TORCH PHOTO/SPENCER CLINTON
The St. John’s Men’s and Women’s Basketball teams hosted the eighth annual Dribble for the Cure event on Saturday to raise funds and awareness for the Pediatric Cancer Research Foundation.
Since its inception in 2011, the event has raised more than $500,000 to contribute to the work of Dr. Mitchell Cairo, chief of pediatric hematology, oncology and stem cell transplantation at Maria Fareri Children’s Hospital.
Each player of both teams was on hand to interact with fans and participants. The event started with a speech by Cairo in front of Carnesecca Arena before a countdown commenced the day.
Those in attendance dribbled basketballs around campus before settling in the arena to take pictures and meet the players during an autograph session.
“This event for me is just about being able to come out and do the little things,” Marvin Clark II said. “There are a lot of people who don’t have what we have, what we take for granted. That’s really what it’s all about for me.”
Clark, whose little sister is partially deaf, said that he knows what events like Saturday’s can have on young kids.
Having participants come up to him and say that he is their favorite player means a lot to him, he said. The importance of having someone to look up to is something he is familiar with.
“Coming where I come from, I looked up to guys who are in similar shoes that I am,” he said. It means a lot to be someone’s favorite player. Just saying that means a lot.”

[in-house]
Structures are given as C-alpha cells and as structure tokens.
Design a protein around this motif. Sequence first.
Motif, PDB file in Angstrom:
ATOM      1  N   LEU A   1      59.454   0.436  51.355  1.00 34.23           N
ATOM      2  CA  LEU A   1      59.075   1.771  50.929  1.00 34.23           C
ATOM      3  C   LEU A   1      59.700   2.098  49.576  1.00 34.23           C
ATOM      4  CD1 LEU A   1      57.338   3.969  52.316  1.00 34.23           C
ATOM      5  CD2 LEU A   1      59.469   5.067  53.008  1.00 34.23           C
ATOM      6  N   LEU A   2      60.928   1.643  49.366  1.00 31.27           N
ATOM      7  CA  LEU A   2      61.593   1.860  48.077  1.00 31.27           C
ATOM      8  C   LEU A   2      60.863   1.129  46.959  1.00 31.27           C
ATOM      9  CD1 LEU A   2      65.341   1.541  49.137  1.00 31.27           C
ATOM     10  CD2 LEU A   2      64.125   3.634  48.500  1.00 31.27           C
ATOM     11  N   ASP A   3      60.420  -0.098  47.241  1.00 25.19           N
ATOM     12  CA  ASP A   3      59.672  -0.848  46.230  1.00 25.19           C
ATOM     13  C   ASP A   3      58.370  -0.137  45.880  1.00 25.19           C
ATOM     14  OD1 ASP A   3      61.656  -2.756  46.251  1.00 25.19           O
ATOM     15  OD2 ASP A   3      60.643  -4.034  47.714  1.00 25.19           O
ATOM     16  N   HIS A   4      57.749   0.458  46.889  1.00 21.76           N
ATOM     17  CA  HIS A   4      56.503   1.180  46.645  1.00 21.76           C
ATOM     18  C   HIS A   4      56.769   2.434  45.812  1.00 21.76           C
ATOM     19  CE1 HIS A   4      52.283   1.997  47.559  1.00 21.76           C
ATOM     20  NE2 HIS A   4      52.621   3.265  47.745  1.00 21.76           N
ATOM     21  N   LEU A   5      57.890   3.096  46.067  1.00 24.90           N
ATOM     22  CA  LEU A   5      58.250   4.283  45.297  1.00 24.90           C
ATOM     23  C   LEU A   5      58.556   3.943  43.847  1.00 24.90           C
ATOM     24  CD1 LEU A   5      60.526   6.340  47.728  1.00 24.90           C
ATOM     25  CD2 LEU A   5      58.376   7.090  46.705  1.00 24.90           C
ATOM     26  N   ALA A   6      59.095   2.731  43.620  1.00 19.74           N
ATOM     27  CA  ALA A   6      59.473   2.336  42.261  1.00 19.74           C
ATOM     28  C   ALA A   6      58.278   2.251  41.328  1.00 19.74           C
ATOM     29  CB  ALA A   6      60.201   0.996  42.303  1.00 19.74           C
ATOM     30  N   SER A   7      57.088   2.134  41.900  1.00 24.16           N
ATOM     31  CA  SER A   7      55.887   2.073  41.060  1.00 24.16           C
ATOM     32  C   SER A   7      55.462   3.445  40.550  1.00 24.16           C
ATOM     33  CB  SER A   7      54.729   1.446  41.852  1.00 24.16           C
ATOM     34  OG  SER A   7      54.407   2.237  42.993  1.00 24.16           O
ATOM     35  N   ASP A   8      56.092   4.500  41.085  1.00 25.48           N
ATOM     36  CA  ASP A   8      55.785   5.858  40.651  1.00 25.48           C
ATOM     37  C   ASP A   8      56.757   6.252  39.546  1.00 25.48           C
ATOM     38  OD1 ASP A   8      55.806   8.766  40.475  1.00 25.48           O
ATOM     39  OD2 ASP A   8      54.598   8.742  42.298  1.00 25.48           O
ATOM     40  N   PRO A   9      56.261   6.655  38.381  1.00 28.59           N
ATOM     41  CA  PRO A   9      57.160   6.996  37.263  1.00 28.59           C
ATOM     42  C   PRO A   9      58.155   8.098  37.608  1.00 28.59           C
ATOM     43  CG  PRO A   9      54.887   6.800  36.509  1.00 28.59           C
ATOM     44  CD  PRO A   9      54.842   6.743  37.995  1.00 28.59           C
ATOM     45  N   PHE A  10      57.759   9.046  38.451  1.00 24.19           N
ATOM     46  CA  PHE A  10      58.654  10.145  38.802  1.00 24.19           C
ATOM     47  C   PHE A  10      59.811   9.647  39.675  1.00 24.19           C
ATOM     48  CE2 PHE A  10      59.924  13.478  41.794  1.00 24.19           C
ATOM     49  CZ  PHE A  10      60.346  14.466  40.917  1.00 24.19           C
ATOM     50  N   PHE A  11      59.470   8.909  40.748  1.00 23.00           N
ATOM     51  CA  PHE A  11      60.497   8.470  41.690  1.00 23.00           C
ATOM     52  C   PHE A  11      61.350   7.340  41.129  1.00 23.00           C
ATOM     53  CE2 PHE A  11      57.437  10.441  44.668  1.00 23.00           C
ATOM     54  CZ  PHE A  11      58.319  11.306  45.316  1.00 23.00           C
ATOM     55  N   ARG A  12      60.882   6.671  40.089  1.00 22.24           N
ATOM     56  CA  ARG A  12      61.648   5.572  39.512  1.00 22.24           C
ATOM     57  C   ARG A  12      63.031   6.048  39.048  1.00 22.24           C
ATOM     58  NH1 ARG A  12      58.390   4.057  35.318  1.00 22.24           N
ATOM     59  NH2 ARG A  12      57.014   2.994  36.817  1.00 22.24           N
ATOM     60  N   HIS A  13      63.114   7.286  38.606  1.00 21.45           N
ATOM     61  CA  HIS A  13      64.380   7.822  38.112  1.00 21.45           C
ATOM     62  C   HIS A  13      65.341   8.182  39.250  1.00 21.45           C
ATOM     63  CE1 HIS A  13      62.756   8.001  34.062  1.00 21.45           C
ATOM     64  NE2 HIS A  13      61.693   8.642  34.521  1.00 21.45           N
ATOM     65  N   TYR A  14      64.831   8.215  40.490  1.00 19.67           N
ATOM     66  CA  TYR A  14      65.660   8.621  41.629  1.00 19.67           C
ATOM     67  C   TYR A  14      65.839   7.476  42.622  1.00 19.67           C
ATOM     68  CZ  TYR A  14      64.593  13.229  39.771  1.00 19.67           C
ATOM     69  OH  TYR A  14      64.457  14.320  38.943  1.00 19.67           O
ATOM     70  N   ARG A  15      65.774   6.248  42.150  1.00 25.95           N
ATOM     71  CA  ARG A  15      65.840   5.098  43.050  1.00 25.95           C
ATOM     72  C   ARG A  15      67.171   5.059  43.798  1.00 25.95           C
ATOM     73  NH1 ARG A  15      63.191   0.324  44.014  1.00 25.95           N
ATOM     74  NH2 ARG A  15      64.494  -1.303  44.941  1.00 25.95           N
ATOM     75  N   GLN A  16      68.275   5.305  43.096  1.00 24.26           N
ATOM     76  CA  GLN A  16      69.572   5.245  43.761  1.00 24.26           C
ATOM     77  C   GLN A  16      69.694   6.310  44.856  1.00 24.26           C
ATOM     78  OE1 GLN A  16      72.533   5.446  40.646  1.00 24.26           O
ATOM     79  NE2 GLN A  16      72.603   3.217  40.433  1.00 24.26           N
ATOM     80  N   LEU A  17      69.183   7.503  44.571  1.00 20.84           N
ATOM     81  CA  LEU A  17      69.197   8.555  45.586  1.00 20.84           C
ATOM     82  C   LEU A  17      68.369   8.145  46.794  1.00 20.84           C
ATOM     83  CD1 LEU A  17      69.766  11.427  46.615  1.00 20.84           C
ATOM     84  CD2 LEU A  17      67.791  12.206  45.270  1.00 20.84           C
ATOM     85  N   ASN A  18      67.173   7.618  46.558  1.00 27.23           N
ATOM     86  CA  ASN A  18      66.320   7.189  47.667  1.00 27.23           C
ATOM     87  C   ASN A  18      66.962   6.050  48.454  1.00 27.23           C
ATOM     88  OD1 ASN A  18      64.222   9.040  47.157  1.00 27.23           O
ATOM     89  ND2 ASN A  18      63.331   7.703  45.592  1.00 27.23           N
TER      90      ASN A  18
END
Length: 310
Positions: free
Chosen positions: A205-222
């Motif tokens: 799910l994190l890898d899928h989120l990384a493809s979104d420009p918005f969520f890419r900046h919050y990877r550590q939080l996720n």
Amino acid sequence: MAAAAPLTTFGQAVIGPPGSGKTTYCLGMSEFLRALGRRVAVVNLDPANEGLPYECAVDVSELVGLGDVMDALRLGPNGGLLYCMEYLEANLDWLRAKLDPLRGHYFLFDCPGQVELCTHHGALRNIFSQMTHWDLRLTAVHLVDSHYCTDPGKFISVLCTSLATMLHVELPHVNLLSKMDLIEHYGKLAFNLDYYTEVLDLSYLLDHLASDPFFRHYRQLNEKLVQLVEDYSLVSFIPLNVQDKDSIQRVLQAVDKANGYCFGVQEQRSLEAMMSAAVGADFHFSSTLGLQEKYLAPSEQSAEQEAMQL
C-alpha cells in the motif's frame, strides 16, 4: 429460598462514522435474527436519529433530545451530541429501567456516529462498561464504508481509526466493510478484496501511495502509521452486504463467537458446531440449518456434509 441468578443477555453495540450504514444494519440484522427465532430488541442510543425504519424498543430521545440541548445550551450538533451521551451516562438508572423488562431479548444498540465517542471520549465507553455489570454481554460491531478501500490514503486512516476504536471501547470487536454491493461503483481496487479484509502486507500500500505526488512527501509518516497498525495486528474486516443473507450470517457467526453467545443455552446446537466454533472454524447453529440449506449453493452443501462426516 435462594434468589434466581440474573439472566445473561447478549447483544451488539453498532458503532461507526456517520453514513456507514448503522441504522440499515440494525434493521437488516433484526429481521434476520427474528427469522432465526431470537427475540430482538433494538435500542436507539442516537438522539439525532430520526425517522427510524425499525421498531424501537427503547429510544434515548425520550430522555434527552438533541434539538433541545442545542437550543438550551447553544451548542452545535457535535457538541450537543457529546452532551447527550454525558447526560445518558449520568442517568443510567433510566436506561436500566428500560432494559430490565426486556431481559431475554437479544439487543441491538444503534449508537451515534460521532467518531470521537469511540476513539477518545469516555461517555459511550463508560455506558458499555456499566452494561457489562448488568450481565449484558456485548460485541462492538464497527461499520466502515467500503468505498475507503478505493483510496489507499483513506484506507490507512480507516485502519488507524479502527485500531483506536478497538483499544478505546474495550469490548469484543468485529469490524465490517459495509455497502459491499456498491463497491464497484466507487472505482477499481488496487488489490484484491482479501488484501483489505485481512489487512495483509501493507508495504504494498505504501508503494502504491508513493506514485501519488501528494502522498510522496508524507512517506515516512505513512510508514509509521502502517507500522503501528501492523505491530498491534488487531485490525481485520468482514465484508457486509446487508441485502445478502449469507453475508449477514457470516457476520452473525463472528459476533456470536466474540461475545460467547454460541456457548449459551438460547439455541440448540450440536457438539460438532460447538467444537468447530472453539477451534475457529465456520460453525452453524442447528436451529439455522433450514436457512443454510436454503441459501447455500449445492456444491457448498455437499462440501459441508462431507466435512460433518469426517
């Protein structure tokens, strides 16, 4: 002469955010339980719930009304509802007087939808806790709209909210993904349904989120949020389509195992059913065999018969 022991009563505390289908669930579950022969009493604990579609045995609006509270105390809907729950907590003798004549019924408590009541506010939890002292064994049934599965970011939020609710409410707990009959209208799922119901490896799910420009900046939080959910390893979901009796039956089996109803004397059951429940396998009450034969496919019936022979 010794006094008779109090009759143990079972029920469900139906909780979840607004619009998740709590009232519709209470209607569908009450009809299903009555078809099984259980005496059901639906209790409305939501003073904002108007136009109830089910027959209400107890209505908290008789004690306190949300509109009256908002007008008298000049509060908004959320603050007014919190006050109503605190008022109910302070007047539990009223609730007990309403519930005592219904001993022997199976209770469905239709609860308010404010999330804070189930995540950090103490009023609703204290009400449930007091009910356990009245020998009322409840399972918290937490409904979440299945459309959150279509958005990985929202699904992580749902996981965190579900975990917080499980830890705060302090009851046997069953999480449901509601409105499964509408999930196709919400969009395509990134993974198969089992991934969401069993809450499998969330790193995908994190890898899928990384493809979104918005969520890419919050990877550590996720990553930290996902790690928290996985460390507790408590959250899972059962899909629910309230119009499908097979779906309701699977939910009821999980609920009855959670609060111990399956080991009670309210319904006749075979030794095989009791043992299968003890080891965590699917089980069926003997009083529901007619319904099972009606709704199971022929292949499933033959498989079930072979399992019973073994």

Women’s Head Coach Joe Tartamella was in attendance for the event, as well as St. John’s coaching legends Lou Carnesecca and Jack Kaiser.
Tartamella said that the event is for a great cause, and he was grateful to be in the presence of kids and to see the smiles on their faces.
“What Dr. Cairo has done-and everybody who has raised money for the foundation to fight pediatric cancer-is such a cause we have gotten behind as a university and as a program, and we’re really pleased that all of you are here.”
Two young attendees, Danny and Hanif, are both cancer survivors. According to his mother, Hanif only had a 20 percent chance of surviving sickle cell disease. He was critically ill and on a ventilator. With his mother as the bone marrow donor, a successful transplant was completed.
Four years later, his health has greatly improved.
“We are forever indebted to Dr. Cairo,” his mother said. “We actually call him our hero. We love him and all of the doctors of Maria Fareri Hospital. We are so grateful.”
Justin Simon, a junior forward who has participated in the event three times, said that it’s important to raise awareness for a cause such as cancer research. He praised the school for hosting the event and was excited to meet all the kids in attendance.
“Just to have an effect and to participate in the event with the kids and represent St. John’s is big,” Simon said. “It’s always fun to connect with kids and show them you’re a regular person just like them.”